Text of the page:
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It's making the rounds, but lest you've missed it.

And yes, I got mine. I used to be dumbass and didn't, but I've returned to my rational roots the past half-decade or so. Do us a favor?
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37 comments
 
Tried to get one today, and they're all out of supply in the STL area!
 
I haven't gotten them before, but this article brings up an interesting perspective. That said, I kind of want to continue not getting flu shots just to spite the sanctimonious author of this article.
 
At least we know who to blame for the downfall of the entire fucking race, +Daniel Koeker. But hey, at least Google+ will survive and the next species to occupy our niche will know who to thank.
 
If only I were so important. As introverted as I am, I think the only one I'd possibly infect would be my computer screen. :P I'll have to check out when my local pharmacy is doing it... I'm pretty sure they're always giving the shots.
 
Sorry, +Evo Terra, I've done plenty of research on this and have a Bachelor's of Science in Microbiology from the University of Michigan under my belt...but I see very LITTLE reason for anyone between the ages of 15 to 55 to get a flu shot.  In fact, I'd go so far as to say...save the $25 that you would have paid for the shot, and...if on the off chance you DO get the flu, spend the $25 on chicken soup and tea.  In fact, you'll probably only spend $10 before you actually feel better.  And I've saved you $15! :)
 
We have 5 people here.. 2 that got flu shots, 3 that did not.. Guess who didn't get the flu? It wasn't the ones with the flu shots..
 
Well, I haven't gotten a flu shot during the past 10 years.  Haven't had the flu but once...during that "swine flu" epidemic...and I happened to get the NON-swine flu which wasn't part of the flu shot to begin with.  Go figure.
 
Be wary confirmation bias, +Joe Etten. It's a powerful ruse, but one that disappears when you increase the sample size beyond single digits.
 
+Evo Terra, it works...ironically.  My former 11th grade computer programming teacher would have said to include "Southern Comfort" as well...but I only wanted to post things that actually have been proven to help as stated in peer-reviewed journal articles.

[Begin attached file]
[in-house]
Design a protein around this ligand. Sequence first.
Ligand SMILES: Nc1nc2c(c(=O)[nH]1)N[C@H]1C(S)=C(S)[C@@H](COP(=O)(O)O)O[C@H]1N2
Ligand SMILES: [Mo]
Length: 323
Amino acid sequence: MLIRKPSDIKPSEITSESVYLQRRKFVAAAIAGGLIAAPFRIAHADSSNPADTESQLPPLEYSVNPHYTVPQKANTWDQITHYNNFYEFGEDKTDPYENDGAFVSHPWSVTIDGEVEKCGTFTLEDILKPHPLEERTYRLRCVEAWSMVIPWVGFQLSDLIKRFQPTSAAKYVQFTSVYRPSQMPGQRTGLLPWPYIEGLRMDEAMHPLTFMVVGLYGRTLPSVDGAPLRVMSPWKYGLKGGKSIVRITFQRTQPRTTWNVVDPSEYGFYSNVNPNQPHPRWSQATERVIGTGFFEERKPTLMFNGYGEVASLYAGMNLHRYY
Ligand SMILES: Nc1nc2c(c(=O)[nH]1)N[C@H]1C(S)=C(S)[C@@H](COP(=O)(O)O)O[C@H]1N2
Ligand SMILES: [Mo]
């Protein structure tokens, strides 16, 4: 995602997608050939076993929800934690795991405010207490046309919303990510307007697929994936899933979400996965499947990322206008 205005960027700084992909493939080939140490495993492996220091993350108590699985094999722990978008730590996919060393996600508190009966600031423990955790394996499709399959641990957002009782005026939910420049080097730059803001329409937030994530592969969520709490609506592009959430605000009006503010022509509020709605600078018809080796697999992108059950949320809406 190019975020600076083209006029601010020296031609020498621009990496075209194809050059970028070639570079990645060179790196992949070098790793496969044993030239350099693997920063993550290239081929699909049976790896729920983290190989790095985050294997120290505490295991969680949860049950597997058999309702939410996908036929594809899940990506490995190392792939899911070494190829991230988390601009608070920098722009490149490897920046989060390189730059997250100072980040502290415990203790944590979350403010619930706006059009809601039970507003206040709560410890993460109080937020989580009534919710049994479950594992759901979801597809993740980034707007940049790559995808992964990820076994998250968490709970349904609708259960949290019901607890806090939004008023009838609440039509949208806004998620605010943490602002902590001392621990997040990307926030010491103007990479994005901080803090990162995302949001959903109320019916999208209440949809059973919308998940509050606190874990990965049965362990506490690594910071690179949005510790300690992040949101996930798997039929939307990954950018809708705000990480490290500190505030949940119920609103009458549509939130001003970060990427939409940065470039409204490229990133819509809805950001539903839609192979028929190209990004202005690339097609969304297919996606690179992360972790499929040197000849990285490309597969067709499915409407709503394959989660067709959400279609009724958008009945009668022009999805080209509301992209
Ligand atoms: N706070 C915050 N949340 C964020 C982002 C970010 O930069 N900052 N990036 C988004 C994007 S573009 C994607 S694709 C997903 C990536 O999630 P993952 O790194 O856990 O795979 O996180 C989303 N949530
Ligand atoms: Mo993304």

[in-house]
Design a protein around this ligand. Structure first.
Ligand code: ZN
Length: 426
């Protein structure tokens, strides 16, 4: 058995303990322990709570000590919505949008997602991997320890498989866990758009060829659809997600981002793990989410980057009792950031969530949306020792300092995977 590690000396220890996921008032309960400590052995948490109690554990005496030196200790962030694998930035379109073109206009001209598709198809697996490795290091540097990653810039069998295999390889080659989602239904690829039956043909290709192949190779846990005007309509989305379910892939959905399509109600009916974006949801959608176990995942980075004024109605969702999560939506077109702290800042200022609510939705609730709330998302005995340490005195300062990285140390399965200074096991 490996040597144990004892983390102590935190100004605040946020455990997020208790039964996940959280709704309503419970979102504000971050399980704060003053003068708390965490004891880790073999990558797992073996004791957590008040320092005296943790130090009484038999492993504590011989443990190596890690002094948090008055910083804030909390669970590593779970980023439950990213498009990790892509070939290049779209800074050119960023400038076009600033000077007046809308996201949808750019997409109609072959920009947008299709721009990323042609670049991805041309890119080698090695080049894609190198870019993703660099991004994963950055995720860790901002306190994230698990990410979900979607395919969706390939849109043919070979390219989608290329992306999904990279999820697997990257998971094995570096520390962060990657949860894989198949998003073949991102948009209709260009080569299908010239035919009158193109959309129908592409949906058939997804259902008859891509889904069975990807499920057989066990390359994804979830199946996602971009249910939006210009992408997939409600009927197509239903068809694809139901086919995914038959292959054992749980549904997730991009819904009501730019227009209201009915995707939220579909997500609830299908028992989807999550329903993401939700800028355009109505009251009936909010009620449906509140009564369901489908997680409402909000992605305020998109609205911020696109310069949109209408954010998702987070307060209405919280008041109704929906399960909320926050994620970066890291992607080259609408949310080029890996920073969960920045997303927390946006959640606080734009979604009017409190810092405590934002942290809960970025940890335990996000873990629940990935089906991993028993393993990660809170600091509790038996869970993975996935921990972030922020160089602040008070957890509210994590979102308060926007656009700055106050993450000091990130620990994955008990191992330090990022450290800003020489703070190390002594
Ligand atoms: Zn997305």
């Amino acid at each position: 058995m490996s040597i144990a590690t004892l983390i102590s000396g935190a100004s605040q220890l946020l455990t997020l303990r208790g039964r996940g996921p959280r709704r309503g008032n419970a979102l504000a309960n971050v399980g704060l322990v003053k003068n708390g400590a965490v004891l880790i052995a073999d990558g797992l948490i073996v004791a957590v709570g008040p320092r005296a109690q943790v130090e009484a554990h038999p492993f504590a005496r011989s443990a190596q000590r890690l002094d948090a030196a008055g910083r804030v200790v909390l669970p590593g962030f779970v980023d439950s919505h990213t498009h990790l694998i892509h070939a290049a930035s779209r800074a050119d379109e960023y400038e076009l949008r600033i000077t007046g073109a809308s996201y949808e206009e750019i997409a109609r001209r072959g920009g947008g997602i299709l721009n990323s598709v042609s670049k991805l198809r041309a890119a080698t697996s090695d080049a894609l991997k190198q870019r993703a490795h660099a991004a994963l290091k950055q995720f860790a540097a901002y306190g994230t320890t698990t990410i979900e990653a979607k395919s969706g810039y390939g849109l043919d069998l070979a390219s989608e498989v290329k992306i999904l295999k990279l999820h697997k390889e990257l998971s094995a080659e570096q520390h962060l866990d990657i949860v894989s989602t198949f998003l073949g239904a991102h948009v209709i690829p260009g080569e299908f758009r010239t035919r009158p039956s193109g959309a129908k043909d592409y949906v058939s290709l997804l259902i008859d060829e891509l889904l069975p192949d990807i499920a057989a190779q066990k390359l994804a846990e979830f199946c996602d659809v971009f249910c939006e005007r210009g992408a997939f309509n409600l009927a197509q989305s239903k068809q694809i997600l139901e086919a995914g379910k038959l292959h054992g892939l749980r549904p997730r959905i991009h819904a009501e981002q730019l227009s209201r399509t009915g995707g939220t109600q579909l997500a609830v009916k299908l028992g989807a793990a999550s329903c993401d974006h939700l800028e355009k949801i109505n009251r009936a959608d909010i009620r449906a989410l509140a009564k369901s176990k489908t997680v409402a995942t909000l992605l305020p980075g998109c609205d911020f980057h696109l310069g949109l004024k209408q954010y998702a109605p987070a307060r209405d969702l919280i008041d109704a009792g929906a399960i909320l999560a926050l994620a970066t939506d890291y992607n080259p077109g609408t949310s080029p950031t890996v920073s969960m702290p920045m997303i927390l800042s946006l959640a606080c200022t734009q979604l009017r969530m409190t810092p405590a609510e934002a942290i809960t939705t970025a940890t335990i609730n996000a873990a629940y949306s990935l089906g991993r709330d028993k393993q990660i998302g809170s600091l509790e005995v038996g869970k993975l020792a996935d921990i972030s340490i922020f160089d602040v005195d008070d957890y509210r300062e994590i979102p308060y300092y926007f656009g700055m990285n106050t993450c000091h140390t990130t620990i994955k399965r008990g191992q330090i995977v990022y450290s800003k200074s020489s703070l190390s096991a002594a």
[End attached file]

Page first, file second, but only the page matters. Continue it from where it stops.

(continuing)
So chicken soup and tea as anti-viral agents and relevant statistics on a samples size of one, +Dejan Jancevski. Hey, at least you have football. GO BLUE!
 
Well, if you like, we can always look up such research articles in say...British Journal of Medicine, Journal of Microbial Medicine, Journal of Social Health (I could go on and on)...or we could listen to our moms who all told us to rest, have soup, drink water/tea... 
 
I never got the flu shot because I threaten my family to leave me alone and stay in bed with tea, books, laptop, and plenty of NyQuil. I treat sick days like a vacation. BTW, I want chicken soup right now.
 
I always get my flu shot. And I cringe every time someone tells me they got the flu right after getting a flu shot so they don't get it anymore. No, you got a cold.
 
+Evo Terra You might think so, but you also have to understand that what many THINK is the flu, is not always the flu. The flu shot does no good in those cases either. People have this tendency to believe any time they toss their cookies, it's gotta be the flu. People rarely go in to get it diagnosed because the doctor can't really do anything for you unless you are so badly dehydrated that you need an IV drip. In any case, I reject your reality and substitute my own. It's worked for me for 36+ years.